Scalable software defined network controllers


Software defined networking (SDN) introduces centralized controllers to dramatically increase network programmability. The simplicity of a logical centralized controller, however, can come at the cost of control-plane scalability. In this demo, we present McNettle, an extensible SDN control system whose control event processing throughput scales with the number of system CPU cores and which supports control algorithms requiring globally visible state changes occurring at flow arrival rates. Programmers extend McNettle by writing event handlers and background programs in a high-level functional programming language extended with shared state and memory transactions. We implement our framework in Haskell and leverage the multicore facilities of the Glasgow Haskell Compiler (GHC) and runtime system. Our implementation schedules event handlers, allocates memory, optimizes message parsing and serialization, and reduces system calls in order to optimize cache usage, OS processing, and runtime system overhead. Our experiments show that McNettle can serve up to 5000 switches using a single controller with 46 cores, achieving throughput of over 14 million flows per second, near-linear scaling up to 46 cores, and latency under 200 <i>&#956;s</i> for light loads and 10 ms with loads consisting of up to 5000 switches.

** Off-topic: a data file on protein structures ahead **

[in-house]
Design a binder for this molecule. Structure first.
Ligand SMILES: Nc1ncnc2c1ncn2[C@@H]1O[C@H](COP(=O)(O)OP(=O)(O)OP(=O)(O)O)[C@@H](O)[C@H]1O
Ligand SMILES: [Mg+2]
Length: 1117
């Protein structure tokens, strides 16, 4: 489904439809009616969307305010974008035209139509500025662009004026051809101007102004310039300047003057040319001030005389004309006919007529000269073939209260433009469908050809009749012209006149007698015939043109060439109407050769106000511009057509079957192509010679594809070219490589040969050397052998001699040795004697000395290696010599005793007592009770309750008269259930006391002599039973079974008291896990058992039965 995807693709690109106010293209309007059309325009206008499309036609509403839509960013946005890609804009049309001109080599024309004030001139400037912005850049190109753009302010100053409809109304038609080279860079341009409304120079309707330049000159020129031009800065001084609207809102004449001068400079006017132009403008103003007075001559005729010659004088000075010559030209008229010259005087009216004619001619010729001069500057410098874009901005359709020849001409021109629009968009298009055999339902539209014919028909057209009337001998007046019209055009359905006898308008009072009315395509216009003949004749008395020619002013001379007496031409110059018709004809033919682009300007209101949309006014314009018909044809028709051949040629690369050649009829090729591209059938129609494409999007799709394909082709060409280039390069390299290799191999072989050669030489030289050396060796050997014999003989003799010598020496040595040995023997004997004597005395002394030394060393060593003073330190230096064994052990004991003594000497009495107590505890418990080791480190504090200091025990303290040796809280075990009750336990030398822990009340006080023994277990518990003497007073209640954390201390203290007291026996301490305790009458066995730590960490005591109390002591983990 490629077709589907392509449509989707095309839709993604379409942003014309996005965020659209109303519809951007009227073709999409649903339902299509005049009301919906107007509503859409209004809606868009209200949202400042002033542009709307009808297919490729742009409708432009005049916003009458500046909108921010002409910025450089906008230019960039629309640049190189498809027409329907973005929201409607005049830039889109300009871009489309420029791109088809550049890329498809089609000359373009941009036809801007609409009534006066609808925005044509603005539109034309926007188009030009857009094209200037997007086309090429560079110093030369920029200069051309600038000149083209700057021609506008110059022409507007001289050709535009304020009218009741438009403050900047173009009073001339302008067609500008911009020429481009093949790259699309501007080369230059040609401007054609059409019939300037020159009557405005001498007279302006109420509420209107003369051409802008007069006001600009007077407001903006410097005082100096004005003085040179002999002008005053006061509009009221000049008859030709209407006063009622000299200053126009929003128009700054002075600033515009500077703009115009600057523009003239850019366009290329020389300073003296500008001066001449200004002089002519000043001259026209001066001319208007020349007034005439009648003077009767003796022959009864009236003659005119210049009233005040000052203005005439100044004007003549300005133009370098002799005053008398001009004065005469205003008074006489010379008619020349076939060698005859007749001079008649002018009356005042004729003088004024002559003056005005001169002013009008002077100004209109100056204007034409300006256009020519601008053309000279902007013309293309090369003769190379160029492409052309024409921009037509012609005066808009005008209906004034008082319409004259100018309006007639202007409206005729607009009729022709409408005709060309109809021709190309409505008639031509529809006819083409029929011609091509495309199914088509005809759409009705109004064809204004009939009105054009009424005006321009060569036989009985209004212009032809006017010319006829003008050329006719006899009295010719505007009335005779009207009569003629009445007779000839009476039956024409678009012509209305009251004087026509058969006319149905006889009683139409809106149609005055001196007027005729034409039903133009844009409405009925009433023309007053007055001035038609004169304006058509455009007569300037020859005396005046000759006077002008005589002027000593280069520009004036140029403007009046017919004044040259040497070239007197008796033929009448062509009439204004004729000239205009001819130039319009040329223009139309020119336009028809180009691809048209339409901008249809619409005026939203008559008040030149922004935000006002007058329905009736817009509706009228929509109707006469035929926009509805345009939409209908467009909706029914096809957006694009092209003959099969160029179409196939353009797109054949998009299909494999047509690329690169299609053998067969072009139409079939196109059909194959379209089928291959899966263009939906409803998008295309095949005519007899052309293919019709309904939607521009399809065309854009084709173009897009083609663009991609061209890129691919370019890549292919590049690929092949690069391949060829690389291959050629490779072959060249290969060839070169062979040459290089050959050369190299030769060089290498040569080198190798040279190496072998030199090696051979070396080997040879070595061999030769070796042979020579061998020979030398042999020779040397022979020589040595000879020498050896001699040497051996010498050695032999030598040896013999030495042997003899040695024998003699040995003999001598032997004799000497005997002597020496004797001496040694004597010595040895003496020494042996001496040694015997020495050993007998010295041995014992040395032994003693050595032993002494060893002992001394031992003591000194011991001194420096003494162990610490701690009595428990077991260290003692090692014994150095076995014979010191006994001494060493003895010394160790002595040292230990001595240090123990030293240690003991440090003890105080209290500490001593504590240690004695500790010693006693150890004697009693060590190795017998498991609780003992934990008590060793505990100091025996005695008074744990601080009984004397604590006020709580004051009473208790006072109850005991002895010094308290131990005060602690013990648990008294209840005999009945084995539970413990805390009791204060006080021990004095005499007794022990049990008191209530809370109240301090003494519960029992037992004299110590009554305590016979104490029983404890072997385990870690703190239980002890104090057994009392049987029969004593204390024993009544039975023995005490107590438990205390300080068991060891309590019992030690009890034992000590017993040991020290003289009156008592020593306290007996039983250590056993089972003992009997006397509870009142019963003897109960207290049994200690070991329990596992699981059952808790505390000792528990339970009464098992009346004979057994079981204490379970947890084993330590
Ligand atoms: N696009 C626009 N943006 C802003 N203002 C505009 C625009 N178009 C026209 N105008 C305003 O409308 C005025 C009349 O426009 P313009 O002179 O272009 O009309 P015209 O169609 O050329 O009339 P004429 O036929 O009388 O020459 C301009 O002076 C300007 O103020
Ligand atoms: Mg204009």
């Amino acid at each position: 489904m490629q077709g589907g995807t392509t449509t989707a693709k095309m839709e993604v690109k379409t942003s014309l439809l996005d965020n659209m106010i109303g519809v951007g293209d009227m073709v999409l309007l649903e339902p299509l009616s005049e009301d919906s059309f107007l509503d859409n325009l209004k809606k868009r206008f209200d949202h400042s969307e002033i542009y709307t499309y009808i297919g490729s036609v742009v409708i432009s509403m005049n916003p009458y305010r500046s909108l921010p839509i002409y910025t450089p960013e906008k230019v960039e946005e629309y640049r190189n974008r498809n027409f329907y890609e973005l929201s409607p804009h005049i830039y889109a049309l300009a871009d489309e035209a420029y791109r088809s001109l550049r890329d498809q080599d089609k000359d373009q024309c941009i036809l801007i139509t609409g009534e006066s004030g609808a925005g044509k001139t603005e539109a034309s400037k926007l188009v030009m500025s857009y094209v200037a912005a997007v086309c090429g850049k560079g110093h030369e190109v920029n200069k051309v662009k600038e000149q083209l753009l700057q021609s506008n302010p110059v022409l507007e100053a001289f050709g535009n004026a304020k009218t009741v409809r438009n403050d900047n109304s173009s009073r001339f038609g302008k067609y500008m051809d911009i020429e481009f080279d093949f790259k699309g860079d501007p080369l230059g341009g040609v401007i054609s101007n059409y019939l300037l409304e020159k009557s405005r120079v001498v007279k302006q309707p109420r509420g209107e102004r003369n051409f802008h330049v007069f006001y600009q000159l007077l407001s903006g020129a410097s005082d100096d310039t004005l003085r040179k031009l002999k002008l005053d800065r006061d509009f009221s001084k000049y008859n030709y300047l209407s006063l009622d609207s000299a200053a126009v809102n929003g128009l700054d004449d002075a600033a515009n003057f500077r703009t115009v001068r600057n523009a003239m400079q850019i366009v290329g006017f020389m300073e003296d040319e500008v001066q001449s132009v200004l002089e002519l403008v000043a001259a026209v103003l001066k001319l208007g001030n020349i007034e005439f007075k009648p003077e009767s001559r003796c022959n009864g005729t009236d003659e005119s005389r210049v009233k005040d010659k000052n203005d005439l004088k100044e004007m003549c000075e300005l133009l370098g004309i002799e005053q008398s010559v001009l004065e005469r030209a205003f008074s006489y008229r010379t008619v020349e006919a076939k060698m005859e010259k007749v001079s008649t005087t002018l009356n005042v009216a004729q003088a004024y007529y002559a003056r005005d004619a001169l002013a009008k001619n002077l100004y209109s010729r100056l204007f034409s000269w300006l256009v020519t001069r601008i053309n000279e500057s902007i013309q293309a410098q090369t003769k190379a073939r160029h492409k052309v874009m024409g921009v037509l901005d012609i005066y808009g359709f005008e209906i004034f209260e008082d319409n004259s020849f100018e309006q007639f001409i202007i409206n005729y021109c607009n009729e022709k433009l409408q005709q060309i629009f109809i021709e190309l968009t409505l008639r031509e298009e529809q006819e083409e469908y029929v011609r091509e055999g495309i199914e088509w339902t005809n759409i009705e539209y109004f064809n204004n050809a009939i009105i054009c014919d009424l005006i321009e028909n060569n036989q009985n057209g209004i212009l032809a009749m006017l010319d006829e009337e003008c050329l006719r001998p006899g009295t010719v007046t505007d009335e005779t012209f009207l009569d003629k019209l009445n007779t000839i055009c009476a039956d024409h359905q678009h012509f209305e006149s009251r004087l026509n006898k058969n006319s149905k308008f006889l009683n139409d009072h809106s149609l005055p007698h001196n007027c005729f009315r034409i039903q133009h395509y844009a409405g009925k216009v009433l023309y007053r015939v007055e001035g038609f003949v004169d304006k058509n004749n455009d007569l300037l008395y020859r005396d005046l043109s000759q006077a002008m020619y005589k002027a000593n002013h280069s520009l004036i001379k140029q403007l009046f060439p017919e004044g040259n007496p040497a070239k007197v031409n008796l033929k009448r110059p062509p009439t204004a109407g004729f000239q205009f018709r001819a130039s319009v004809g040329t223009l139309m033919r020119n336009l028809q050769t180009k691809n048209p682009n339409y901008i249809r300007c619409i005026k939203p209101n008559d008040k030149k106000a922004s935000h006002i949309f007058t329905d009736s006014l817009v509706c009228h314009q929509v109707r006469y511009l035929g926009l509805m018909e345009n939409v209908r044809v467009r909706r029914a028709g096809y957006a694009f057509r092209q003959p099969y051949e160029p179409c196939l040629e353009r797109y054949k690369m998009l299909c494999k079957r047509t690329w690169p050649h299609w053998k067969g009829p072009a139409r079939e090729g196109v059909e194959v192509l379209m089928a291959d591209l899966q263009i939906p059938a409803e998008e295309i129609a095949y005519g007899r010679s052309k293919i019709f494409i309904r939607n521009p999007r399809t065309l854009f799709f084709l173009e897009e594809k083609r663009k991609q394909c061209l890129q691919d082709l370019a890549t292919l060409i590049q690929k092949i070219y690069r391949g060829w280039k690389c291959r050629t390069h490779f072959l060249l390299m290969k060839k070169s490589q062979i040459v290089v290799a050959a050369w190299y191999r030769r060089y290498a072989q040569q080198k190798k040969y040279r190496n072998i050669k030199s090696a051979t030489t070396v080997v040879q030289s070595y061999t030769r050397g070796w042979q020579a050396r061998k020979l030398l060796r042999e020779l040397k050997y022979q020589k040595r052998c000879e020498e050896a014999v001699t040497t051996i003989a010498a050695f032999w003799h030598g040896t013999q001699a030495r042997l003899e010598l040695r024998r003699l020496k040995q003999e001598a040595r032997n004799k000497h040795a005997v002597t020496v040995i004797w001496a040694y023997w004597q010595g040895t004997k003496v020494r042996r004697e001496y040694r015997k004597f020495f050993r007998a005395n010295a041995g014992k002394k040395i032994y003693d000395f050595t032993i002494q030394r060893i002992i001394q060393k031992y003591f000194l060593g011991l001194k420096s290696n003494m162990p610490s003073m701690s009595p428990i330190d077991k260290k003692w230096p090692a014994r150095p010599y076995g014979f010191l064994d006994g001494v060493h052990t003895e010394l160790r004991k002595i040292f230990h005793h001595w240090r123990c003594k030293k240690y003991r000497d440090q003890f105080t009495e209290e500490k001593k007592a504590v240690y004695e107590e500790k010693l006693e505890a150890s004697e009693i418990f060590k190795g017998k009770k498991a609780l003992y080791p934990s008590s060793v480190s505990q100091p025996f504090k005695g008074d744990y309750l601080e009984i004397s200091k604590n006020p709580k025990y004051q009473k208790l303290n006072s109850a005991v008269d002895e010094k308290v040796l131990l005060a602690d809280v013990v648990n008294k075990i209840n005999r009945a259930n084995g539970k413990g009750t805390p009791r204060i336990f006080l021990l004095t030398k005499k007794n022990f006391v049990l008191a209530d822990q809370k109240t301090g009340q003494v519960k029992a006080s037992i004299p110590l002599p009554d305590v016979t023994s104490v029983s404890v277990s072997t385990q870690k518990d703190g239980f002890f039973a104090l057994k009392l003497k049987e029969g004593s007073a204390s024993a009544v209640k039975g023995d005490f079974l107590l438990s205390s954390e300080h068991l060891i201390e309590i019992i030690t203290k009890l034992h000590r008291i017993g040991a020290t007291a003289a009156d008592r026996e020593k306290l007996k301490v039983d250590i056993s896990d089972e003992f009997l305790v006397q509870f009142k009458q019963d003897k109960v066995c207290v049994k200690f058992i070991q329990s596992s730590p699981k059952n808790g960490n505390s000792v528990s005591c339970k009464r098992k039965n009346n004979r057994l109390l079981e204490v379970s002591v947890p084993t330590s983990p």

DOI: 10.1145/2342356.2342414

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@inproceedings{Voellmy2012ScalableSD, title={Scalable software defined network controllers}, author={Andreas Voellmy and Junchang Wang}, booktitle={SIGCOMM}, year={2012} }